• The American Society of Civil Engineers estimated in 1998 that we have a current infrastructure maintenance deficit of $1.8 trillion. The deficit has grown considerably since then.

  • Direct government funding, as through Greenbacks, is uniquely suited for infrastructure investment without the need to use tax- or debt-based funding. It is the least expensive method of public finance.

  • A federal infrastructure bank could lend on a basis of manufactured Greenback-type credit. Capitalization is not required except for purchase of state and local low-interest bonds.

  • Failure to adequately fund infrastructure leads to deterioration of the private industrial sector, as it depends on infrastructure for its efficiency and ability to operate and innovate. This is one reason U.S. industry has declined and we now buy so many manufactured products from abroad.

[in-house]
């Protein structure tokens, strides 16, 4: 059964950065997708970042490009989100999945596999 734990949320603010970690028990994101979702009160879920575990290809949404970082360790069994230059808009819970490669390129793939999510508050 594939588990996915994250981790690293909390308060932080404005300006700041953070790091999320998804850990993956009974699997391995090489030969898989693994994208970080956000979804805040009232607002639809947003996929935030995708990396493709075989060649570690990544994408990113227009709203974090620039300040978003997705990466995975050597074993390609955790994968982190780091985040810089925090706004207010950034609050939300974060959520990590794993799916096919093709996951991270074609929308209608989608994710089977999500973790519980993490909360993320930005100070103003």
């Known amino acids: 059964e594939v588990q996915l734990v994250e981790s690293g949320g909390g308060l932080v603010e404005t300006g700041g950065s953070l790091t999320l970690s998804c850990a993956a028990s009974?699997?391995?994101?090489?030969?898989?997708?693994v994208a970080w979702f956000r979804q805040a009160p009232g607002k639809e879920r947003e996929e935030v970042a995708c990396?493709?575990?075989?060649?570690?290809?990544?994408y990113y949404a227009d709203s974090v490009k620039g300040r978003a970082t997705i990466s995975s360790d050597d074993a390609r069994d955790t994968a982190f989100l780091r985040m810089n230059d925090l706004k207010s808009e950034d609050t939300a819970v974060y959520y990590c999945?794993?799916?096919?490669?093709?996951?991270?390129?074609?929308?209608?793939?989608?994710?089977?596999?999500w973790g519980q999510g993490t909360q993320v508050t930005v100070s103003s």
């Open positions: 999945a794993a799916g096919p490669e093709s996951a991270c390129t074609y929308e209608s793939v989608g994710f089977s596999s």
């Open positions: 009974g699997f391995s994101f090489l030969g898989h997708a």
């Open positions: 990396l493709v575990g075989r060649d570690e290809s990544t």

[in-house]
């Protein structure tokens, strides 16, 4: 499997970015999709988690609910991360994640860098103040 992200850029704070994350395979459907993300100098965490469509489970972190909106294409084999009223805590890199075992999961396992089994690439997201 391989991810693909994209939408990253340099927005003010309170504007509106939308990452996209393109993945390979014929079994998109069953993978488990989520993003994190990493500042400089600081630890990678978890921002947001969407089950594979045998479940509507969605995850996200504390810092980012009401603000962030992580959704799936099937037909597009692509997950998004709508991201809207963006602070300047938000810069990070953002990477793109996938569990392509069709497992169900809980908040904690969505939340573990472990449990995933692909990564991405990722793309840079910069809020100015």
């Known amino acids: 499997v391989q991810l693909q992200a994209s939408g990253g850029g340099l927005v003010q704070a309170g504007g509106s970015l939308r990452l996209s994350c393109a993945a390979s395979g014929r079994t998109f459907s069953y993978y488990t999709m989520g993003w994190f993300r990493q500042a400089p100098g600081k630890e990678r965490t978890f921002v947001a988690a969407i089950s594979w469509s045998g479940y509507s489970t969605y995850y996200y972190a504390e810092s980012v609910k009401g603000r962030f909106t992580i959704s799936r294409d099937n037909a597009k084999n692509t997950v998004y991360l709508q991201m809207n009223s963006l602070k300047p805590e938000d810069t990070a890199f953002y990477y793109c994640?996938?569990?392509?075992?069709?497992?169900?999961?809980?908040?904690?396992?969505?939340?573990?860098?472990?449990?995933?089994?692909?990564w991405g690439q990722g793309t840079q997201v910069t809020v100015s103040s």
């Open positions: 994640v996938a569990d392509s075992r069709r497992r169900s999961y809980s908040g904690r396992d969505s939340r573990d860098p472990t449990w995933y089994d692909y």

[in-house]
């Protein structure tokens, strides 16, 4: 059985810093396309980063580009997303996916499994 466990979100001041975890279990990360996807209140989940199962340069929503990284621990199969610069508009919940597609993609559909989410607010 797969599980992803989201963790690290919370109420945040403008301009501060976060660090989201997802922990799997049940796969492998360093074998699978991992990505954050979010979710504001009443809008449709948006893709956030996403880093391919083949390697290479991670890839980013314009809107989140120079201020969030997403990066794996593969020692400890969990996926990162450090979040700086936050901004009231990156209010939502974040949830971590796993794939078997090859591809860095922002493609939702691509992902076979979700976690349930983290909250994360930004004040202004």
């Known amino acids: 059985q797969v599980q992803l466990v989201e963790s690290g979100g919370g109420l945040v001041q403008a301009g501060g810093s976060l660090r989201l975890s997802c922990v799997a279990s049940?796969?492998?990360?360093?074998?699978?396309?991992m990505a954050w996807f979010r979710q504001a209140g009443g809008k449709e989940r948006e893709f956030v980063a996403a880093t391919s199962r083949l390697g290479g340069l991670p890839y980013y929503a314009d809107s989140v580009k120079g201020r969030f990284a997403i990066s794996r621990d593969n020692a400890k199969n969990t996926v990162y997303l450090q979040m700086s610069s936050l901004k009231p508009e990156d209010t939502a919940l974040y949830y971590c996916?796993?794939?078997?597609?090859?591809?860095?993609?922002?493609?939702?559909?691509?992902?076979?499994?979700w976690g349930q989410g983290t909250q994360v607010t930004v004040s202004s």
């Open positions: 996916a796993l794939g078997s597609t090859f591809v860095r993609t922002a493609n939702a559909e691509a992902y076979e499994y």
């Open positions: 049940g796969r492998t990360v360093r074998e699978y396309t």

• The Federal Reserve System is skewed away from infrastructure investment toward private sector speculation. It sets up a monetary system suitable for a military empire, not an industrial democracy. Because the Federal Reserve System has wrecked American manufacturing, the only way we can maintain our standard of living is to be the financier for the rest of the world. But this means lending money at high rates of interest which is essentially unjust. So to protect our profits we must continually engage in military conquest. This is a leading cause of “dollar hegemony” and the long record of U.S. aggression since the Vietnam War.